for storing ISOs, seldom used VMs, base images, etc. I usually configure
this drive to sleep after 10 minutes to save even more power. 2 year

Samsung SH-224DB/RSBS 24X SATA DVD±RW Internal Drive

Great quality 24x ±RW DVD burner. It’s cheap, too. Even though it’s
SATA2, I connect this to one of the
SATA3 ports on the motherboard for no particular reason. 1 year limited warranty.

SABRENT 3.5-Inch to SSD / 2.5-Inch HDD Bay Drives Converter (BK-HDDH)

Metal mounting kit for 2.5″ SSD drives.
One mounting kit holds up to two SSD drives, stacked on top of each

StarTech 6in 4 Pin Molex to SATA Power Cable Adapter (SATAPOWADAP)

The IN-WIN’s 300W power supply has three SATA power connectors for
drives, which is one short of what we need. Use
this adapter to convert one of the two Molex connectors to SATA.

C&E CNE11445 SATA Data Cable (2pk.)

We need 4x SATA cables for this build. The ASRock motherboard comes with
two black SATA cables and the Samsung DVD burner comes with another red
SATA cable, so I need one more. This two-pack is cheaper than some
single cables and who doesn’t need an extra SATA cable anyway. Flat (not L shaped) connectors work best
for this build. FYI there’s no technical difference between SATA2 and
SATA3 cables.

Click the video below for a description of my 5th Generation Hyper-V Lab server. Sorry Apple device users, the videos and slideshow below use Flash. 🙁

Here’s a video demonstrating the blistering fast boot speed of this server:

Build Notes

Pictures speak louder than words. Here’s a slideshow showing how I assembled the Gen5 server with detailed photos where needed.

Once the components are put together you need to configure the UEFI BIOS before you can install Windows Server 2012 R2. Here’s a helpful video showing how to update and configure the ASRock’s UEFI BIOS:

Sweet! Now it’s time to install Windows Server 2012 R2, which takes about 8 minutes from DVD. Amazing!

How to install the Intel I217V NIC Driver

After you install the OS we need to update the drivers, but there’s a problem. Intel doesn’t want you to use their desktop-class I217-V gigabit network adapter in Windows Server, so they cripple the drivers so they won’t install on anything better than Windows 8.1. This is chicken poop, as far as I’m concerned, and shame on them! Lucky for you, I’ve done the hard work to remove this obstacle.

  • Run the following from an elevated CMD prompt:

bcdedit -set loadoptions DISABLE_INTEGRITY_CHECKS
bcdedit -set TESTSIGNING ON

  • Reboot the server.
  • Download the latest network driver from the Intel Download Center.You’ll want the PROWinx64.exe file for Windows 8.1 x64.
  • Download the updated e1d64x64.inf driver file from my website.
  • Run the PROWinx64.exe file to extract the drivers and run the Intel(R) Network Connections Install Wizard. Do not click Next yet.
  • Right-click the Windows icon in the Taskbar and run %TEMP%. This will open File Explorer to the Temp folder used by Windows.
  • Open the RarSFX0 folder and drill down into the PRO1000Winx64NDIS64 folder.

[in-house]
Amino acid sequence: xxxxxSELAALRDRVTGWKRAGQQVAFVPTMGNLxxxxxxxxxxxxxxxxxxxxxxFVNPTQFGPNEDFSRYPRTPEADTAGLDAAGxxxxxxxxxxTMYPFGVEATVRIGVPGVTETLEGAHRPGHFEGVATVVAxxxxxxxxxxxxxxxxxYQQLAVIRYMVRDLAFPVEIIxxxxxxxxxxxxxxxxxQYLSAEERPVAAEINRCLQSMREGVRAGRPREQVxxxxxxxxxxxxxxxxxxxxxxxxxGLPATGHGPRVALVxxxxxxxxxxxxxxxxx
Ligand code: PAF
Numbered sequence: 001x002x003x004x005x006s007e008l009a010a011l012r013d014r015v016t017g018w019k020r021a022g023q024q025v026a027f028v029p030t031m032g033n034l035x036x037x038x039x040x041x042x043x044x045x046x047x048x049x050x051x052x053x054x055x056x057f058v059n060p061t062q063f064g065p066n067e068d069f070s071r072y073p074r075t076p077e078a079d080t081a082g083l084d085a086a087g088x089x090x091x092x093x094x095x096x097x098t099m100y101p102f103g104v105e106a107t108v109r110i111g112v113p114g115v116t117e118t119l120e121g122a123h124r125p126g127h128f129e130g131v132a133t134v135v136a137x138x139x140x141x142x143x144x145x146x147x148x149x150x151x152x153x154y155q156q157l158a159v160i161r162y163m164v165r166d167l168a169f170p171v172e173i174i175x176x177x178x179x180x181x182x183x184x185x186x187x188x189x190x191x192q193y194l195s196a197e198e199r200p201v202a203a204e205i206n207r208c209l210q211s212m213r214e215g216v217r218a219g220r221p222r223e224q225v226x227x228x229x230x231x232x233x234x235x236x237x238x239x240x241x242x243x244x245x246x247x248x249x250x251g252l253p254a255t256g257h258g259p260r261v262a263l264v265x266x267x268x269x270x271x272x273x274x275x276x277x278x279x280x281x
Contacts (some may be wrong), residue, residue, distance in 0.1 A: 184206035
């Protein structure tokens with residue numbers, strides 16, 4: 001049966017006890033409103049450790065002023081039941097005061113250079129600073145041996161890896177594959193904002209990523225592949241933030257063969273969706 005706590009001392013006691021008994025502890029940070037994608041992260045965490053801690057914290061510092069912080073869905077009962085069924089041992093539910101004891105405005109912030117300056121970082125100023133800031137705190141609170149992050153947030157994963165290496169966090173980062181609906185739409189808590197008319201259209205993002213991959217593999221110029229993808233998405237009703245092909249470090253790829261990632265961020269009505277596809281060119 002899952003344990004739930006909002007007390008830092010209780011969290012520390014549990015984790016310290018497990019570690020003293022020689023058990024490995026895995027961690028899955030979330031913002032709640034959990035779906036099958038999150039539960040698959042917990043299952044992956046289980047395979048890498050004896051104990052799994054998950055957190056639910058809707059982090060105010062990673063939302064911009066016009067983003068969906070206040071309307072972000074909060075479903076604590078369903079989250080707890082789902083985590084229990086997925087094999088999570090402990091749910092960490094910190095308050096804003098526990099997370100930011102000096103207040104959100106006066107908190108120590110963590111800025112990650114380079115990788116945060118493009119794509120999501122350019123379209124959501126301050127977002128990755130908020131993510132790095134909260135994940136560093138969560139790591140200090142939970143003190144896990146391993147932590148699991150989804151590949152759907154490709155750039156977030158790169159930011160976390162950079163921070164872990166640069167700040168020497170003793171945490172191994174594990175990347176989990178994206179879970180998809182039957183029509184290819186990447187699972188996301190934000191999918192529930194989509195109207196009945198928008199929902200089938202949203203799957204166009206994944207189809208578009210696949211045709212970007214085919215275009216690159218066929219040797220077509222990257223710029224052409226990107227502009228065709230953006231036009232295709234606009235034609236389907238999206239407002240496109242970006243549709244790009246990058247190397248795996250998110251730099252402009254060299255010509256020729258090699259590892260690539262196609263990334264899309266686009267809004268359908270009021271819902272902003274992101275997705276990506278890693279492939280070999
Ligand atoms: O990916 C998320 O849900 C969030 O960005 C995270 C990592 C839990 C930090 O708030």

• Copy the e1d64x64.inf file you downloaded from my website to this folder, overwriting the existing file.
  • Now continue the Intel Network Connections Install Wizard to complete the installation of the new driver.
  • You will see a security warning that the updated INF file is not digitally signed. Click Install this driver software anyway.
  • The driver will install and the Intel adapter will be enabled.
  • Run the following from an elevated CMD prompt:

bcdedit -set loadoptions ENABLE_INTEGRITY_CHECKS
bcdedit -set TESTSIGNING OFF

  • Reboot the server and you’re done. Whew! Thanks a lot, Intel!!

Now you can install the other software and utilities from the ASRock motherboard DVD. The installer itself won’t work because it’s written for Windows 8, so just drill into the Drivers folder using File Explorer. I recommend installing the following software:

  • Intel Chipset Device Software (DriversINFIntel(v9.4.0.1026)
  • Intel Management Engine Components (DriversMEIntelv9.5.14.1724_5M)
  • Intel Graphics Driver (DriversVGAIntel(v15.
  • Intel Rapid Storage Technology (DriversRapid Storage TechnologyIntel(v12.8.0.1016))
  • RealTek Audio Drivers (DriversAudioREALTEK(7004))
  • Marvell MSU V4 (DriversSATA3Marvell(v4.1.0.2013))
  • ASRock Restart to UEFI (UtilitiesRestartToUEFIASRock)
  • ASRock A-Tuning Utility (UtilitiesA-TuningASRock)
After you’ve installed the configuration utilities you should see that there are no unknown devices in Device Manager. It’s time to install the Hyper-V role and start building out your home lab!

I’ll be presenting a session on building and managing this Hyper-V server at IT/Dev Connections in Las Vegas on September 17, 2014. There will be lots of great content delivered by MCMs, MVPs, and other independent experts. I really hope you can make it! Please contact me for a special discount code.

As always, if you have any questions or comments please leave them below. I hope you enjoy reading about these server builds and take the opportunity to make this investment in your career.

Source: Expta